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Plastic pushback: Lunenburg groups, businesses among players in eco-movement


Ironworks Distillery owner Lynne MacKay shows off her ‘ugly cup,’ just one of the initiatives the business has taken to become plastic free.
Ironworks Distillery owner Lynne MacKay shows off her ‘ugly cup,’ just one of the initiatives the business has taken to become plastic free. - Josh Healey

After countless exhibitions, trade shows and markets, Ironworks Distillery owner Lynne MacKay remembers being fed up.

In the distilling business, it is common practice to offer samples in single-use plastic cups.

However, these days, you’ll not find any of these cups in MacKay’s business.

“It’s almost like I had a little bit of an epiphany,” she said.

She was done with plastic and now her business, along with several others in Lunenburg, are moving away from single-use plastics.

MacKay’s first step in combating plastic was replacing the sample cups with a compostable paper one.

She lovingly refers to them as her “ugly cups.”

“There’s nothing attractive about getting a sample in this kind and I’m kind of proud of that,” said MacKay.

She added that she doesn’t mind considering these new cups are environmentally responsible and cheaper than their plastic predecessors.

But MacKay and her co-owner and husband Pierre Guevremont didn’t stop there.

Working in conjunction with community groups like Plastic Free Lunenburg, MacKay has helped ensure that festivals like Spirited Away are plastic-free.

“That’s it, no plastics. We alerted everybody who came to the event,” explained MacKay, adding that the move was well received.

People listened and there was only a handful of garbage after the three-day spirits festival.

Teresa Quilty, a member of Plastic Free Lunenburg, added that the group is currently consulting with other festivals to become plastic-free.

MacKay said these initiatives are imperative given the town’s location.

“We’re on the bloody ocean,” she said. “It’s wake up time.”

Kate Cocks, owner of Kate’s Sweet Indulgence Cafe and Catering, has also taken steps to become plastic free.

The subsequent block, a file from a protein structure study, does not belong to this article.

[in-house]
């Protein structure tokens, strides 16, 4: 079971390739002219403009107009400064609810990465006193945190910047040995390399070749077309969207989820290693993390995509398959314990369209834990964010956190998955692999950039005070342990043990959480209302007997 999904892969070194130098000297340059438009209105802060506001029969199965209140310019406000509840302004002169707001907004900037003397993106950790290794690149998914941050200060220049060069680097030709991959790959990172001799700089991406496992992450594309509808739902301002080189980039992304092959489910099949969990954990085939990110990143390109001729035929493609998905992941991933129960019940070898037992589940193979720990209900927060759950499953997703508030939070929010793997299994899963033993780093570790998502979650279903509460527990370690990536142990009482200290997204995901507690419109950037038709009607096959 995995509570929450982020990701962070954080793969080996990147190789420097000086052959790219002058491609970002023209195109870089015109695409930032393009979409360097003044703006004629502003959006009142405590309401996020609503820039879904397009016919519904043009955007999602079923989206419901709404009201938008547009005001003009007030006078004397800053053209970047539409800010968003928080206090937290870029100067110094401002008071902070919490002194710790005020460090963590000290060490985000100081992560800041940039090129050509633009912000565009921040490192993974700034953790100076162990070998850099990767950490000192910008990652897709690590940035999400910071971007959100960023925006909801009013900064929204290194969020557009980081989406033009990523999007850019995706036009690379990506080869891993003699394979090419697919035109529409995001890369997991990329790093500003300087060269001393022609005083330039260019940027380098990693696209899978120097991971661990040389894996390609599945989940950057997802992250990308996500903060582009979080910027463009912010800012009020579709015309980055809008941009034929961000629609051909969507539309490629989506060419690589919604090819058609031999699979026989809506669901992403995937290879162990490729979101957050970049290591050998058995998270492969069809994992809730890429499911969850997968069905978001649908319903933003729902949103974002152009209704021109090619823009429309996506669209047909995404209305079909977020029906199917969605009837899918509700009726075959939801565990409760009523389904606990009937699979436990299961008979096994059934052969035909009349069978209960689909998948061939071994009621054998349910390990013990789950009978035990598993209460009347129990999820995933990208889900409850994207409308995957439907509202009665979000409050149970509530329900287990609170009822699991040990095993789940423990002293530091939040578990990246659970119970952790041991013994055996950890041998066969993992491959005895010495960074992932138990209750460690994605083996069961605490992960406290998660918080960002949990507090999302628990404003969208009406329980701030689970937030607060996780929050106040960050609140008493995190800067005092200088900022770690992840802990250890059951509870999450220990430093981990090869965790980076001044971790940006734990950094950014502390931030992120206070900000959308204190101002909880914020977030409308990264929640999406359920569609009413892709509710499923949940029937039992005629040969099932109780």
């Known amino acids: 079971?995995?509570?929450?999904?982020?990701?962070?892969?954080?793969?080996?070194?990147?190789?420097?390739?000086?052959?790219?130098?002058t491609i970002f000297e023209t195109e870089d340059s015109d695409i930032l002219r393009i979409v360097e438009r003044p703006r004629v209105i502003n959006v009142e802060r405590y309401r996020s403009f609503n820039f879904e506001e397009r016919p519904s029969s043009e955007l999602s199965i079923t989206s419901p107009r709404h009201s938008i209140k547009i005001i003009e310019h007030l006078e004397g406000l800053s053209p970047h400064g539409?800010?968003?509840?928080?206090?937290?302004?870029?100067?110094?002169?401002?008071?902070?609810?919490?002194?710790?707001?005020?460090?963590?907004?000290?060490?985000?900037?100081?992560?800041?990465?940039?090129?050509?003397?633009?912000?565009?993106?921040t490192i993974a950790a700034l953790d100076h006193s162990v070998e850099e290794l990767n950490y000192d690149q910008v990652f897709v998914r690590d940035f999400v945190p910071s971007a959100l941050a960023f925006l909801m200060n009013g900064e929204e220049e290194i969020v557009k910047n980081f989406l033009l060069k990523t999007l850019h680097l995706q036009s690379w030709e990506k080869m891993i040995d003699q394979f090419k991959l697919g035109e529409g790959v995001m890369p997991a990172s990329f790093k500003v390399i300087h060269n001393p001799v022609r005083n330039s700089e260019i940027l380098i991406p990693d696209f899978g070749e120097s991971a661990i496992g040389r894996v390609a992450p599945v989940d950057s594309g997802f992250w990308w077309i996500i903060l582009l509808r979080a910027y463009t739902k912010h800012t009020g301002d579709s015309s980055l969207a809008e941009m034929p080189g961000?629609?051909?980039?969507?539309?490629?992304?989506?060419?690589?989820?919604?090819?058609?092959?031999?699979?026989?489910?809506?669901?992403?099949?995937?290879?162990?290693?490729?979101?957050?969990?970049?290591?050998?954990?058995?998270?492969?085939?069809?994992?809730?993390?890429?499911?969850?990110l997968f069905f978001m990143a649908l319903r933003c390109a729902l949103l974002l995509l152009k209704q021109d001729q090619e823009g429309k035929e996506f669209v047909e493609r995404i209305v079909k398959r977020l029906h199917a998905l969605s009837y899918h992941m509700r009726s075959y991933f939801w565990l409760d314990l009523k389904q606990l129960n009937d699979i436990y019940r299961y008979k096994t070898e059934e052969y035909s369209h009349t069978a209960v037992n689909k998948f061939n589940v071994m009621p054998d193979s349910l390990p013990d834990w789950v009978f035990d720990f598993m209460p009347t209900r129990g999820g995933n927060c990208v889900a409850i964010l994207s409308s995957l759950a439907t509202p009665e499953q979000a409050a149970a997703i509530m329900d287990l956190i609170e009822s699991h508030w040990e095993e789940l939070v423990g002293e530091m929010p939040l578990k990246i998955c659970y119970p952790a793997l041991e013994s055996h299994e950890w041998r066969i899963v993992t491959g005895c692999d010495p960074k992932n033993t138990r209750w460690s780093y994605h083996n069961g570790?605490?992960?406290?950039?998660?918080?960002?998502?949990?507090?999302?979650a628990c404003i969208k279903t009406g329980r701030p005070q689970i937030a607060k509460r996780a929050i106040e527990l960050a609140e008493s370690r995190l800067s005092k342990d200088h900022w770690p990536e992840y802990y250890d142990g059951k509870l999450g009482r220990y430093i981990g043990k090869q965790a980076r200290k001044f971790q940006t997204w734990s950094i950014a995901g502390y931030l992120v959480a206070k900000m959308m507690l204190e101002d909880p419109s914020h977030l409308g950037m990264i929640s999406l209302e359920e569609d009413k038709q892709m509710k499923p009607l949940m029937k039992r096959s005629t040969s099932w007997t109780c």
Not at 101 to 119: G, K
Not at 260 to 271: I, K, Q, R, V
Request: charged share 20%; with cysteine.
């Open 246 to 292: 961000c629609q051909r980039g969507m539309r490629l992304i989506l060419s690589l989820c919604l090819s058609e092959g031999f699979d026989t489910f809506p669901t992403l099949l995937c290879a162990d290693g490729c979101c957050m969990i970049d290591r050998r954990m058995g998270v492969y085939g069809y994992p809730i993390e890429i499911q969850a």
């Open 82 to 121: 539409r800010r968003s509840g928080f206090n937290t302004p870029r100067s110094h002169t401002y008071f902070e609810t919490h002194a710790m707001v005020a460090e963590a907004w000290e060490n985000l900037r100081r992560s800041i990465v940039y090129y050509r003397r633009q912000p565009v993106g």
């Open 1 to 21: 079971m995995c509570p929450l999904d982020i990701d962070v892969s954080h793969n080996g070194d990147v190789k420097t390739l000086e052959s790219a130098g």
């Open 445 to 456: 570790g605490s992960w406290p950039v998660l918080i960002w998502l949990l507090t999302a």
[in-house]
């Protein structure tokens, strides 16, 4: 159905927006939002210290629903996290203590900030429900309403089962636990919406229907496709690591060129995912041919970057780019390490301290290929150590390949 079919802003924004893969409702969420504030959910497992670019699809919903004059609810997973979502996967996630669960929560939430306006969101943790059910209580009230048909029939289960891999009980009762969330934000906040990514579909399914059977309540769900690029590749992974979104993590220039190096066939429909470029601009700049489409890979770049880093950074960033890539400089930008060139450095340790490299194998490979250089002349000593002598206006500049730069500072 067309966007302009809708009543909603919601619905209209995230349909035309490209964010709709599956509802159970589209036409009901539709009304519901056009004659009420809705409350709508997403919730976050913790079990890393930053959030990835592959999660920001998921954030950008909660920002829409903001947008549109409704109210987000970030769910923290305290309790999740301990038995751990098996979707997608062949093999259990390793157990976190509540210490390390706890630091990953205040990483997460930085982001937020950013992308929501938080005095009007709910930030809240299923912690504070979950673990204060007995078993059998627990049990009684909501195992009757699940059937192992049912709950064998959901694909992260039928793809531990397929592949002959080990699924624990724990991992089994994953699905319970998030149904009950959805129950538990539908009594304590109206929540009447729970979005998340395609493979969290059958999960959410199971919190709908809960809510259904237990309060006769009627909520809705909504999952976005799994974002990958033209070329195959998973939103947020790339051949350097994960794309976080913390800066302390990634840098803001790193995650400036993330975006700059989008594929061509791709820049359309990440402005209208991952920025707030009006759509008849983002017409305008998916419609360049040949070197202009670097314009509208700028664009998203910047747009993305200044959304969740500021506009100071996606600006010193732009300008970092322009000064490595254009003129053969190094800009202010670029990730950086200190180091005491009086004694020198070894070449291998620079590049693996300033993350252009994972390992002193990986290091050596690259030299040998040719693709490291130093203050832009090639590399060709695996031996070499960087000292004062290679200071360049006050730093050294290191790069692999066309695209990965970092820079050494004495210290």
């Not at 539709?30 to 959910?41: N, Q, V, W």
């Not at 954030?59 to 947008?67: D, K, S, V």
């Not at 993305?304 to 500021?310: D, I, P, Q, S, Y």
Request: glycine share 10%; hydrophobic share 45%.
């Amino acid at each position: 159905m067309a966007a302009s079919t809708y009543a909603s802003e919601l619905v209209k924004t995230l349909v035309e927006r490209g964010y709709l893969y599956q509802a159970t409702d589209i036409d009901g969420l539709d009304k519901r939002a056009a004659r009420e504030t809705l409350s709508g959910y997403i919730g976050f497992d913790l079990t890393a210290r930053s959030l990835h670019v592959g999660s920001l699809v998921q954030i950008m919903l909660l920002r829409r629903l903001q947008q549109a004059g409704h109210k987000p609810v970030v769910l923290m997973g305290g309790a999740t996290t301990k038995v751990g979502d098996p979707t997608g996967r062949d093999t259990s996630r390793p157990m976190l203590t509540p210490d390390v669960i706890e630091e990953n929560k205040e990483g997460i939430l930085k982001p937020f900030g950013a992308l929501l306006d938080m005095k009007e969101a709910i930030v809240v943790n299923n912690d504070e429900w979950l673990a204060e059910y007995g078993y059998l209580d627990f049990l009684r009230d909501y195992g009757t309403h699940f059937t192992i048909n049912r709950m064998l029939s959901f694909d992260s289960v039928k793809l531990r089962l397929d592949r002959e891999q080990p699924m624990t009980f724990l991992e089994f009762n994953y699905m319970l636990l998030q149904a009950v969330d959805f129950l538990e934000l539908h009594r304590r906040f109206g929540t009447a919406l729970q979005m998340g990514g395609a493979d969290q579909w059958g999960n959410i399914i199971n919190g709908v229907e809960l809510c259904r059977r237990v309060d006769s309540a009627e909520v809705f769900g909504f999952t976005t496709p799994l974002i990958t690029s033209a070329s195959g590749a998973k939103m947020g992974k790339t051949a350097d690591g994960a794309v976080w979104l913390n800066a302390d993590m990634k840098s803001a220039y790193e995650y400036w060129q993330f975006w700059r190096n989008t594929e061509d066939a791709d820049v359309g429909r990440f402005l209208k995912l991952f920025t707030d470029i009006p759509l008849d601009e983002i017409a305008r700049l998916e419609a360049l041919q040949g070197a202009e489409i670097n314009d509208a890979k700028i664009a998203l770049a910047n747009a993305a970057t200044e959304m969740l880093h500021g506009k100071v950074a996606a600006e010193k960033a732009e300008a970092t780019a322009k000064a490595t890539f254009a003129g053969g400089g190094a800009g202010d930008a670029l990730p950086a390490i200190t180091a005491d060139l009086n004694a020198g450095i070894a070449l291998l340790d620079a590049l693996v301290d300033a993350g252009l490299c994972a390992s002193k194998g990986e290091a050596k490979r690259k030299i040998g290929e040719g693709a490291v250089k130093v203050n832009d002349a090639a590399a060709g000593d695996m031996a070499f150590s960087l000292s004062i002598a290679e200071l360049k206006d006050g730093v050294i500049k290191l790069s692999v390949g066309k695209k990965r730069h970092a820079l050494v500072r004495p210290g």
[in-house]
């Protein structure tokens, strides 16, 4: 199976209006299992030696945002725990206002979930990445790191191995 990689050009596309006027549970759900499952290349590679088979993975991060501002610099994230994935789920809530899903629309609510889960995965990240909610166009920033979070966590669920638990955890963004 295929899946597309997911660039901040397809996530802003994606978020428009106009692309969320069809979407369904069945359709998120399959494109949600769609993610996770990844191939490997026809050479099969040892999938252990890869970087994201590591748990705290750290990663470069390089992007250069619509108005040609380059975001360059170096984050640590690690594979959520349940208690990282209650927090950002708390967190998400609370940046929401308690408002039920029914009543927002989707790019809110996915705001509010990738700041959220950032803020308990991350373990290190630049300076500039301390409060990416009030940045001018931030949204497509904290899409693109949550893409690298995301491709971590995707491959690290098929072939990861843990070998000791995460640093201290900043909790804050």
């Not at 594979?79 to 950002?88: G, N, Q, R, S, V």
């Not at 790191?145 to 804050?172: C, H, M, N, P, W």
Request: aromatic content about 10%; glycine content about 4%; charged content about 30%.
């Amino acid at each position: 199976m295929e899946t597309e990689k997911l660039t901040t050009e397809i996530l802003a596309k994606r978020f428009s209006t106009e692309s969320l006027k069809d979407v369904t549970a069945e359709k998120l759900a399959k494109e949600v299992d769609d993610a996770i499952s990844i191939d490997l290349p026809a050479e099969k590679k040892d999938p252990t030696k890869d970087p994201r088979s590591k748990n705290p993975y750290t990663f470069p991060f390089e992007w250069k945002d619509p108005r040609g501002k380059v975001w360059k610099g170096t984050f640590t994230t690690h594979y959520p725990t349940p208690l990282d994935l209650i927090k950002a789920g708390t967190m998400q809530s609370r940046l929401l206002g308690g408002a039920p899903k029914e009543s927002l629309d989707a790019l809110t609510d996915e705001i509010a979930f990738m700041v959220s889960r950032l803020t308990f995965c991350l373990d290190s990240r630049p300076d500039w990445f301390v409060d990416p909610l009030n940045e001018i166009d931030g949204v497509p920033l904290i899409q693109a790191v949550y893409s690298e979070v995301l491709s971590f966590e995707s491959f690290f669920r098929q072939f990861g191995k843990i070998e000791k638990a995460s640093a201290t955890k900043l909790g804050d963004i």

Her epiphany happened a number of years ago and she’s been fighting ever since to reduce and re-use.

“It all started with single-use water bottles. I morally felt that they are wrong in so many ways,” she said.

The move from plastic water bottles to serving tap water got her thinking: what else could she change?

She’s since changed almost all of her service products, such as switching her utensils from plastic to wood, over the past several years.

And the switch, she said, was easy.

“Any business can do what I did,” Cocks explained. “I’ve been able to source all of this from either my existing suppliers or from other suppliers online that are here in Canada and ship directly to me. None of this has been hard.”

She added that most of the eco-friendly alternatives are cheaper.

Like MacKay, Cocks has noticed a trend in Lunenburg concerning single-use plastics and couldn’t be happier.

“I’m beyond ecstatic. The best way to solve this problem is one person, one change at a time,” she said. “Carry your own grocery bags. Bring a re-usable coffee cup. Carry your own water bottle.”

The Bluenose Coastal Action Foundation has been working with groups like Plastic Free Lunenburg and businesses in town to help initiate these changes.

Ariel Smith, the group’s marine projects coordinator, said the community’s movement towards prevention is the best method to stop pollution.

“Globally, it is recognized that prevention is the best method for reducing marine debris,” she said.

And given the work of Plastic Free Lunenburg, Ironworks and Kate’s, the movement is a sign of Lunenburg’s leadership.

“I think it’s an important aspect of the makeup of our town to be a leader,” said Smith.

“We can be a role model, a starting point, a pilot project to see how the reduction of single-use plastics plays out and hopefully see communities and municipalities across Nova Scotia do the same.”

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